A decent case for presumptive tax

Luigi Einaudi was the president of the Italian republic shortly after the Second World War and a prominent economist best known for his advocacy of presumptive taxation. He argued that tax should be levied on average, and not actual incomes. One advantage of such a system would be that all taxpayers have the incentive to work hard since above-average income would be free of tax. Another would be administrative simplicity.

Presumptive income tax (PIT) is applied in different forms in many jurisdictions. The authorities could assume that individuals and companies enjoy income equivalent to a set percentage of their net worth. Alternatively, they could assess a company’s tax liability as a set proportion of its gross receipts, making adjustments for the specific industry. In developed economies, the collection agency could assess the PIT due from a large landowner on the basis that he/she made the full productive use of the land. For other taxpayers, the agency could make a demand based upon visible signs of wealth. The permutations are numerous yet they share the advantage for the authorities that the taxpayer has to challenge the assumptions underpinning the demand.

In Nigeria the Federal Inland Revenue Service (FIRS) has expressed an interest in the principle of PIT. It is not difficult to see why. Federally collected revenue amounted to 7.4 per cent of GDP in 2018 according to provisional data from the CBN. This is less than half the rate achieved in Kenya and about one third of what is posted in South Africa. Some numbers quoted in January by Zainab Ahmed, the federal finance minister, are revealing. The gross oil revenue/oil GDP ratio stood at 39.0 per cent, and that for the non-oil economy at just 4.2 per cent. We may conclude that the oil industry in Nigeria is undertaxed relative to other jurisdictions and we can see why the FIRS, the largest collection agency in the country, will look at new ways to boost the tax take such as PIT.

It would look above all at small businesses and sole traders if it was to adopt PIT. There are an estimated 77 million such businesses in Nigeria, accounting for 60 million jobs and close to 50 per cent of GDP according to the industry, trade and investment ministry. Rather than assess net worth or search for visible signs of wealth in this case, the FIRS could examine cash book receipts, bank statements and business permits. It could set (presume) benchmarks for the profitability of types of business. In the absence of any other data, the FIRS could make a demand upon the basis of the location of the business and staff numbers.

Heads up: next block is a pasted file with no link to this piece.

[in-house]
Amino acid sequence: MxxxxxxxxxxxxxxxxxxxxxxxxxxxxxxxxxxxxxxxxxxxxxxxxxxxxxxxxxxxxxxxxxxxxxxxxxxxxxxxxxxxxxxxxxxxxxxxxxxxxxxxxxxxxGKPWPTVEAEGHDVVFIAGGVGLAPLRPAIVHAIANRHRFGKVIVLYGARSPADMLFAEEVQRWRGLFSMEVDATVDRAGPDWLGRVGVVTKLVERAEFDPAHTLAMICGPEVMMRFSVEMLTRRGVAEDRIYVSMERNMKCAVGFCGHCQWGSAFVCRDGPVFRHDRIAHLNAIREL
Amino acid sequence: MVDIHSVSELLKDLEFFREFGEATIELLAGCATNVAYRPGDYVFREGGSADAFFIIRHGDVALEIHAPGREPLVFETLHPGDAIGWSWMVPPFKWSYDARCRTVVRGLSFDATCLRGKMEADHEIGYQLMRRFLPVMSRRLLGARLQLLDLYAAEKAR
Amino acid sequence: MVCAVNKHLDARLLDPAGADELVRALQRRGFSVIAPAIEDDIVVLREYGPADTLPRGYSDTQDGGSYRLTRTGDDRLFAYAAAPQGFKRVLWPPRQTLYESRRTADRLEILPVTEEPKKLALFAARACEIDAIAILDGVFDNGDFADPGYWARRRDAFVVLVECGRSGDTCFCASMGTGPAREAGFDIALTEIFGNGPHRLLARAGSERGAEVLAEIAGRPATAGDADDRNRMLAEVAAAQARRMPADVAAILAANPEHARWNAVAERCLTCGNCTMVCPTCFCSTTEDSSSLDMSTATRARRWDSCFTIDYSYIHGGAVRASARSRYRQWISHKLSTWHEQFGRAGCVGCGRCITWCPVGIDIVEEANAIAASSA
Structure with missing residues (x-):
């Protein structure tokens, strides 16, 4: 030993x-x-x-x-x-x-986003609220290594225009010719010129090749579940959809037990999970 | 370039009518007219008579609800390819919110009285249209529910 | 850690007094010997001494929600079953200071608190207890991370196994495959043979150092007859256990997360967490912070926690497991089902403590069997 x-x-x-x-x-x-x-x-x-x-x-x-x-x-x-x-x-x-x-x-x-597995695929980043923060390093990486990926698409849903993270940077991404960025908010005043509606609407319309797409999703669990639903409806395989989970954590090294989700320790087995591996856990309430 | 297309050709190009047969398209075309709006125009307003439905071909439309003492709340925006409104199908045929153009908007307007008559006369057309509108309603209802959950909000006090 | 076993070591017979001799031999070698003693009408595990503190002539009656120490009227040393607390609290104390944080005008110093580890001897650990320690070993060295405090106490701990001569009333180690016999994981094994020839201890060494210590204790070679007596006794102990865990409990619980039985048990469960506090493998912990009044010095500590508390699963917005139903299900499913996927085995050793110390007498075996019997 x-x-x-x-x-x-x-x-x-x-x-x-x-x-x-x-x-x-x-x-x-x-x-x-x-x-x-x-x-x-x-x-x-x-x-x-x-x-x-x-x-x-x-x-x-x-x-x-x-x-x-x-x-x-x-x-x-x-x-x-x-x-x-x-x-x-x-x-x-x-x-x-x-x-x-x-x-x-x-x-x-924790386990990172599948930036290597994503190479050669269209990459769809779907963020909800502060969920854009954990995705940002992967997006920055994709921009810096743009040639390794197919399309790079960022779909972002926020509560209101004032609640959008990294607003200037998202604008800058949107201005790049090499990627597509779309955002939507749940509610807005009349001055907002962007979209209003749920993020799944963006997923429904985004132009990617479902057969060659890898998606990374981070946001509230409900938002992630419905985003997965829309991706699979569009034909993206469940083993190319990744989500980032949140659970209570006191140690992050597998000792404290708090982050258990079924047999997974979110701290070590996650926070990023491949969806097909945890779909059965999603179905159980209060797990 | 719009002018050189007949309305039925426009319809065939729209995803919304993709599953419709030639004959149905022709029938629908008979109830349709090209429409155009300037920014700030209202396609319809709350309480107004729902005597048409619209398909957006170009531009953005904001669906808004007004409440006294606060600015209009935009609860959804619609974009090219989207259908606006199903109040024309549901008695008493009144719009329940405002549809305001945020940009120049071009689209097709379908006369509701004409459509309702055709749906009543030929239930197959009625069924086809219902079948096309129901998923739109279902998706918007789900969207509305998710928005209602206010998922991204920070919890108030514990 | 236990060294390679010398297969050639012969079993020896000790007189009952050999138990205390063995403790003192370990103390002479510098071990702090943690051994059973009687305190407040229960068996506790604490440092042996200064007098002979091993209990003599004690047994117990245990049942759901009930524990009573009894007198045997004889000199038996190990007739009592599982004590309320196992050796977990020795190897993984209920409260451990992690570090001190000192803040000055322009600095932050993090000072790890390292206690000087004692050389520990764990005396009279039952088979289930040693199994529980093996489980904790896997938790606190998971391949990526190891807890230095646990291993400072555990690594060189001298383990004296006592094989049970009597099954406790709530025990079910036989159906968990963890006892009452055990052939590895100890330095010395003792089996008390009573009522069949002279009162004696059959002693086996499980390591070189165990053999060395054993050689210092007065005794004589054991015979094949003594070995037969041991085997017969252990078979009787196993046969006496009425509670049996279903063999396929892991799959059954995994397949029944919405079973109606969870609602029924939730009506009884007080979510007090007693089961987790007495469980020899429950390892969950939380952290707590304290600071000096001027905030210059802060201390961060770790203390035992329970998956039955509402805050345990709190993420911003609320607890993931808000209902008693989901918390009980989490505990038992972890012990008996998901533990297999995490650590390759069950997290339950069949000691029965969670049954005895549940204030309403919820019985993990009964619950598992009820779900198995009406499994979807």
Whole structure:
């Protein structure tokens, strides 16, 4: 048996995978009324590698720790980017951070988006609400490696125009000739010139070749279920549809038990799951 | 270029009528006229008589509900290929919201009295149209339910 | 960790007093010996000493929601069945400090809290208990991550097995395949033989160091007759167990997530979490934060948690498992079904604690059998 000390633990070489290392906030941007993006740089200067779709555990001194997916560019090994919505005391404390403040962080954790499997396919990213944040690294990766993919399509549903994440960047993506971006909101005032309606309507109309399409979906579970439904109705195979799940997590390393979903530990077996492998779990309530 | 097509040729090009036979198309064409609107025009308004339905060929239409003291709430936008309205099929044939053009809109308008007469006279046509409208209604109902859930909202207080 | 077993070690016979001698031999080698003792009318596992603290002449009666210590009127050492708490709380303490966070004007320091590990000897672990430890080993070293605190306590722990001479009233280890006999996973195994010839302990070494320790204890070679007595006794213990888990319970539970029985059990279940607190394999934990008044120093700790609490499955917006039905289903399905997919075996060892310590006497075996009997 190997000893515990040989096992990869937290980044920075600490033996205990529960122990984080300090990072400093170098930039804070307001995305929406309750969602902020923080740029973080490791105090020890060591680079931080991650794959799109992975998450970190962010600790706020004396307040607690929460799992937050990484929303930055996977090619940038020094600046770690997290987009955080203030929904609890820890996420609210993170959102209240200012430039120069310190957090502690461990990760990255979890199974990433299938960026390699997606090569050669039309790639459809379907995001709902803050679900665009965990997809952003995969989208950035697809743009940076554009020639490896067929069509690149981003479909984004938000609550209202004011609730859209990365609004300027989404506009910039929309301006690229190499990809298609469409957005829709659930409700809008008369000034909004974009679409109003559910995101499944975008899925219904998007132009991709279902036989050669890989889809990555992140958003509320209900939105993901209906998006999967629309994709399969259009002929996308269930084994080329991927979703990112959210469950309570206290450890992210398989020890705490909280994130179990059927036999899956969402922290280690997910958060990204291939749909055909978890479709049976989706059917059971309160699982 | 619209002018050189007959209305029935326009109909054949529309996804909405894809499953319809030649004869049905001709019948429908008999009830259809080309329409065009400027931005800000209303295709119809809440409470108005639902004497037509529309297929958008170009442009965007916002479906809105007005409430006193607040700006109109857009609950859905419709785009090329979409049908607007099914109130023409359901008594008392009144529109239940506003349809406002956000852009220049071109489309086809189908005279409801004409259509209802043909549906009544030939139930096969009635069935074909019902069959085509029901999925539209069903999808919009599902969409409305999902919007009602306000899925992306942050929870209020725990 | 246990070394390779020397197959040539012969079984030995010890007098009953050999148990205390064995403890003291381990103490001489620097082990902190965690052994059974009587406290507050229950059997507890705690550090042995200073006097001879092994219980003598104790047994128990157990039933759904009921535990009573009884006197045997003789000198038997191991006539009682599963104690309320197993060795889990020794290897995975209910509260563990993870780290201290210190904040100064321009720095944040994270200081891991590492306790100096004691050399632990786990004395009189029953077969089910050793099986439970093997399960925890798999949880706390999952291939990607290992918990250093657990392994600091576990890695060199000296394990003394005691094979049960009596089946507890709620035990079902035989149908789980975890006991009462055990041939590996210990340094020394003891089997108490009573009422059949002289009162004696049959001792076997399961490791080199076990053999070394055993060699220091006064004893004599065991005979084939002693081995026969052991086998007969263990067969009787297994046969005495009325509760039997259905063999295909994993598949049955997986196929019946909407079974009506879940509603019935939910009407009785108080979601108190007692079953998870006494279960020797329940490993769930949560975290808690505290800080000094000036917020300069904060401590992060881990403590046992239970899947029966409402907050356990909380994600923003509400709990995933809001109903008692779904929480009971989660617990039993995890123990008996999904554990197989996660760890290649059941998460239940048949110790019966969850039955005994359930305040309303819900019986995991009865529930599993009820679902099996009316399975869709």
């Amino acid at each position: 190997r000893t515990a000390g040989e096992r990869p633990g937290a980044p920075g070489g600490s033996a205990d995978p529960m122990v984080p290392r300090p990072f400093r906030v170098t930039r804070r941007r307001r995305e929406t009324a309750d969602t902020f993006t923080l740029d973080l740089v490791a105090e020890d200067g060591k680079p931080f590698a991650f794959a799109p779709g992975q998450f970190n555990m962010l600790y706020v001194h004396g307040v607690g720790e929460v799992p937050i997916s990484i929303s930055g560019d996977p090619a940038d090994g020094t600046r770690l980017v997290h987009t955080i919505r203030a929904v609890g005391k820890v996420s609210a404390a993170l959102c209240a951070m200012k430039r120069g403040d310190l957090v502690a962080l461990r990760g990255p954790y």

There is an argument, popular with the audit industry and others, that such an approach is intrusive and restricts the rights of taxpayers. Many thinkers, not to mention those with the thankless task of having to govern a country, would reply that rights cannot be separated from responsibilities. If a business persistently ignores or underpays its tax obligations, there is a compelling case for the authorities to up their game by confiscation or the application of PIT for example. In some cases, the agency may collect more tax than is due: taxpayers who had ducked their obligations would then have to appeal.

The FGN has to take radical steps to boost its revenue generation. Its debt burden is currently sustainable in our view but will not be so in, say, five years. The only way to provide better services for its citizens is through higher tax collection. We can all pick data to highlight the pitiful state of basic services: ours are the recent finding that more Nigerians live in poverty than Indians although its population is one sixth of India’s, and that the housing deficit was 17 million units five years ago according to the Nigeria Mortgage Refinancing Company. Nigeria has a low government spending/GDP ratio because it has a low tax/GDP ratio.

Similarly, if the FGN does not transform its tax collection, it will not have access to the funds for major infrastructure spending. Over 20 years, up to US$3trn is required to make the infrastructure fit for purpose. Nigeria’s traditional external partners, the domestic private sector, the DFIs, the PFAs and others will play a part but the lead role belongs to the FGN. Without large-scale investment, it is very difficult to see the migration of the economy from the rentier to the productive model. Doubters are invited to pay a visit to South Korea or any of the East Asian success stories of the 1990s.

PIT could be one pillar of a broader strategy to push up tax generation sharply within a relatively short period. Others could be the doubling of the standard rate of VAT to 10 per cent; a review of the oil industry’s production sharing contracts; an increase in the staffing and remuneration of the large taxpayers’ office; an expansion of the electronic filing of tax returns; and a draconian review of tax waivers and exemptions.

The urgency of the FGN’s predicament does not allow for a dependence upon efficiency gains to deliver. The gains were impressive in the early years of democratic South Africa but were possible because a well-run revenue service with a track record already existed. This is not Nigeria’s current lot. A dramatic challenge requires a dramatic response in our view.


Gregory Kronsten

Head, Macroeconomic & Fixed Income Research


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